Most riders today will install their aerobar shifters pointing downward, as in the image below of one of Lance Armstrong's 2009 Tour de France TT bikes:
In this configuration, to move to larger rear cogs (re: easier gears), the rider has to reach down and pull up on the right shift lever; to move to smaller rear cogs (re: harder gears), the rider has to move his hand in front of the right lever and push down.
In my experience, this is not a natural ergonomic motion, as it requires a good amount of hand movement to actuate a shift. The awkwardness of this motion can result in a greater chance of shifting errors, even with indexing levers.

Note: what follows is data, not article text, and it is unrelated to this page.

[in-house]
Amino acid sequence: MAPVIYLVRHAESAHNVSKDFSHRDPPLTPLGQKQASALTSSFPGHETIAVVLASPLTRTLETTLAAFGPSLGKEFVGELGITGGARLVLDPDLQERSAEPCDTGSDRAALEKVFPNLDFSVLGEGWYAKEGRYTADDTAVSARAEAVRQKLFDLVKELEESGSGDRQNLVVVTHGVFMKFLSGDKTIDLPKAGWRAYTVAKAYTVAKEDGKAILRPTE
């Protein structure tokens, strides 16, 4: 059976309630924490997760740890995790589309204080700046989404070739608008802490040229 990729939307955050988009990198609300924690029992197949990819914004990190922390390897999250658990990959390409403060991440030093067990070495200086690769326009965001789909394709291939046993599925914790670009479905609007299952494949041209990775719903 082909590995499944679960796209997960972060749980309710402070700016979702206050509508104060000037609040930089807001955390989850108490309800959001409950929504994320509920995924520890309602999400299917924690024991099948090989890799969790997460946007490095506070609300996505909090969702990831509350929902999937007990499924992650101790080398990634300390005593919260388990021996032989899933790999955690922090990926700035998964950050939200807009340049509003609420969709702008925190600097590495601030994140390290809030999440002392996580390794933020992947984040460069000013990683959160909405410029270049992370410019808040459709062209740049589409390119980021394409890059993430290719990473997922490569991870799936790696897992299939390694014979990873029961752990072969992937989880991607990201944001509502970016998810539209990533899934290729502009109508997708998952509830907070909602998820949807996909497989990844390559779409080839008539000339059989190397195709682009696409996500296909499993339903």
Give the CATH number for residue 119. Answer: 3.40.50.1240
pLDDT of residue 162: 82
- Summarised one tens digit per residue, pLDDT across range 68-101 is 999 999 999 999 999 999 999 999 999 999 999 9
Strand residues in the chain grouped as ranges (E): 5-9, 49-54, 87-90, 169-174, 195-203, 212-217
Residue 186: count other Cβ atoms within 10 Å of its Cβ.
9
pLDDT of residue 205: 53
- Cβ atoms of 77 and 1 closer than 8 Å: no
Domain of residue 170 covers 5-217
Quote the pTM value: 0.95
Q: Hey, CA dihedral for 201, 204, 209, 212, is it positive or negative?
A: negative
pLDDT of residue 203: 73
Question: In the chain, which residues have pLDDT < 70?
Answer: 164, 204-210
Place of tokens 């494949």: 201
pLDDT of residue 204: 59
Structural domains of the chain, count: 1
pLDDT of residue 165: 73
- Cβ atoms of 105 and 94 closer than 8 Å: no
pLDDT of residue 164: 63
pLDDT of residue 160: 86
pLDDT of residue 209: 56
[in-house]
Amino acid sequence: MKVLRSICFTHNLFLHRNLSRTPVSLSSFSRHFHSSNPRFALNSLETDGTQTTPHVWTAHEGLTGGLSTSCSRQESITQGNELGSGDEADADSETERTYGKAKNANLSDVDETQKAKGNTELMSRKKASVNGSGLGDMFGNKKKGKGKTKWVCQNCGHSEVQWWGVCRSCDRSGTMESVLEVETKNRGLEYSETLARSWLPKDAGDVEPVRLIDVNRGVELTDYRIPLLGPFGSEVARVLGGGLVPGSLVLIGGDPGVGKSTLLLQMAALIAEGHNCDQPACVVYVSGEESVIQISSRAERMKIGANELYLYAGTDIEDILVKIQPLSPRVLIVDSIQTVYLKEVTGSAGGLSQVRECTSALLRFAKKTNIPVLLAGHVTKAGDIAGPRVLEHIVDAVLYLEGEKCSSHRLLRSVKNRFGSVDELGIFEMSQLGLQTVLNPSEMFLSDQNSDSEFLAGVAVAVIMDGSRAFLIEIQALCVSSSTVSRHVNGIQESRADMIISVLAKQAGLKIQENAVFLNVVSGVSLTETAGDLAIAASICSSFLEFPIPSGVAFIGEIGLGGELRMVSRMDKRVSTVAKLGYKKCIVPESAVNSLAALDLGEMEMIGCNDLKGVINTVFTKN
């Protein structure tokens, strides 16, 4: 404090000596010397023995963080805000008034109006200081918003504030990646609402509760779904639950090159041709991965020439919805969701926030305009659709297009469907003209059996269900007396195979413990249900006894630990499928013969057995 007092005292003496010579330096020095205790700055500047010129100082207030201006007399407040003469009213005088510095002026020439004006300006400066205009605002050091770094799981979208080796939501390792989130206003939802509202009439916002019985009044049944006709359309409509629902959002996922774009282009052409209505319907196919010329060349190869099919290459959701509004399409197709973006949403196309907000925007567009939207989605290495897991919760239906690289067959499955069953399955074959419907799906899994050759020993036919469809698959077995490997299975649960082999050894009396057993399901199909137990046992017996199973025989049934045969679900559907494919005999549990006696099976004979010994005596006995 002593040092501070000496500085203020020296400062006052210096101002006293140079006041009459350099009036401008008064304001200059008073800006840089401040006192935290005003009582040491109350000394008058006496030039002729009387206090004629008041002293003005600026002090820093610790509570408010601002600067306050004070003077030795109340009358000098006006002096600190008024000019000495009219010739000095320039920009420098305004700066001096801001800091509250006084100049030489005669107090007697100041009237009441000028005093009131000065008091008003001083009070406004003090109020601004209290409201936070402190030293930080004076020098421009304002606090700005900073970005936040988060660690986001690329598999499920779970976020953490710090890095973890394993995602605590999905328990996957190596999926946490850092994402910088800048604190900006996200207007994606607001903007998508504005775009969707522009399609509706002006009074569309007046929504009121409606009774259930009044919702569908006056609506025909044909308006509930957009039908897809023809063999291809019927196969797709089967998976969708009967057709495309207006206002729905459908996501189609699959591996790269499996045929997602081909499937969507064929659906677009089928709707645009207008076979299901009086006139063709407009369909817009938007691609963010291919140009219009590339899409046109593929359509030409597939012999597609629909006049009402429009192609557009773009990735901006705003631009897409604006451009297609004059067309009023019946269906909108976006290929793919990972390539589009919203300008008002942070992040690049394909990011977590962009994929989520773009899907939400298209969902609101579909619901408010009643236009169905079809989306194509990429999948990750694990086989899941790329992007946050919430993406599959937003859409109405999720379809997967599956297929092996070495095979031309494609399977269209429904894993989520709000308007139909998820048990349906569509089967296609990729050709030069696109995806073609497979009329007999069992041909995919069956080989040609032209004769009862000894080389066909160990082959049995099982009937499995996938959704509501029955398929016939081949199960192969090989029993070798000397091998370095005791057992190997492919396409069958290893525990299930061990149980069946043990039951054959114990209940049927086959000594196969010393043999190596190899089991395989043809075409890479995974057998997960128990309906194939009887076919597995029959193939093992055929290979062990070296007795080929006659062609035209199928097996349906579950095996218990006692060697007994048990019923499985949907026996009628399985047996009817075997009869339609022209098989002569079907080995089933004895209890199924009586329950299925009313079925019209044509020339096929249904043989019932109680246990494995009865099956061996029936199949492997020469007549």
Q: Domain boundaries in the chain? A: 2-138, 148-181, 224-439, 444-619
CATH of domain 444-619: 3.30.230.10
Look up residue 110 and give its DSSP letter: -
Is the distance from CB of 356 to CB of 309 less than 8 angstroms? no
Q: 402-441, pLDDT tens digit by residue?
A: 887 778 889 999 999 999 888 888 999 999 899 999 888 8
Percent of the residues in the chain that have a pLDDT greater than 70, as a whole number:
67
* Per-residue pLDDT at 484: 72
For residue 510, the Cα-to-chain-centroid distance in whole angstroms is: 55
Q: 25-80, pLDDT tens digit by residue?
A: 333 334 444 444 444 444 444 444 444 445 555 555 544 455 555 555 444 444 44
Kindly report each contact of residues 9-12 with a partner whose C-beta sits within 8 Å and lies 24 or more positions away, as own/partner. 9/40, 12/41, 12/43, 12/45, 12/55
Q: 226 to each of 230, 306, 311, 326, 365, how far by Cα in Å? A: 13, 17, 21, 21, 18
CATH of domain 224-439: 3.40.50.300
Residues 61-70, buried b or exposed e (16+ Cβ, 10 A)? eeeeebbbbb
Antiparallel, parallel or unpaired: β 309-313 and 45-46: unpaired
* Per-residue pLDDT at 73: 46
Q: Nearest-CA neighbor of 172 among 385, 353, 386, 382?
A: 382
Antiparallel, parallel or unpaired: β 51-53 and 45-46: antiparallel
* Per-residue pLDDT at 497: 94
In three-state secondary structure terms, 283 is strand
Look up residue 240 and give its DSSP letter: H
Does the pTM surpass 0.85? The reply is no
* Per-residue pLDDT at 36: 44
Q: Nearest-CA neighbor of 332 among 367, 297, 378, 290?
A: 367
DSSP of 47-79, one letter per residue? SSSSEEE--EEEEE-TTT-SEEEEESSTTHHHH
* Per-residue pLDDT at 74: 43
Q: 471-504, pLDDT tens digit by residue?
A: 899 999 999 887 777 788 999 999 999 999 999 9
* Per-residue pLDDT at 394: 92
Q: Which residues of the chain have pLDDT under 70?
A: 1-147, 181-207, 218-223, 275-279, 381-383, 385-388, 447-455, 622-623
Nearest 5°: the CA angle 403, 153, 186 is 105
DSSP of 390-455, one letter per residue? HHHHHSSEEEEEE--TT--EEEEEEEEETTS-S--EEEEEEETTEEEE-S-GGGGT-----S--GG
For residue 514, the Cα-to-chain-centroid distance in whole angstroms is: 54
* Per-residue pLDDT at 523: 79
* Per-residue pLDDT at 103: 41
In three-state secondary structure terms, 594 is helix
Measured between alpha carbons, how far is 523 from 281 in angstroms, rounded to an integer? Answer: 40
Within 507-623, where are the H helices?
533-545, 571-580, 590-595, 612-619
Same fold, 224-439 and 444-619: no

I've always installed my aerobar shifters pointing upward (i.e., reverse of most of today's set-ups) to minimize hand motion and to increase comfort while shifting:
In this "inverted" configuration, pushing forward on the right lever makes it easy to precisely shift into larger rear cogs, even when running shifting in friction mode. To move to smaller cogs/higher gears, the right lever is simply pulled backwards. Over the years, I have found this to be a much more natural and comfortable motion; a number of small efficiencies like this collected together can result in a disproportionately positive increase in performance.
Of course, the new generation of electronic shifters have the potential of being the most ergonomic solution of all.
Don: Cycling Tech >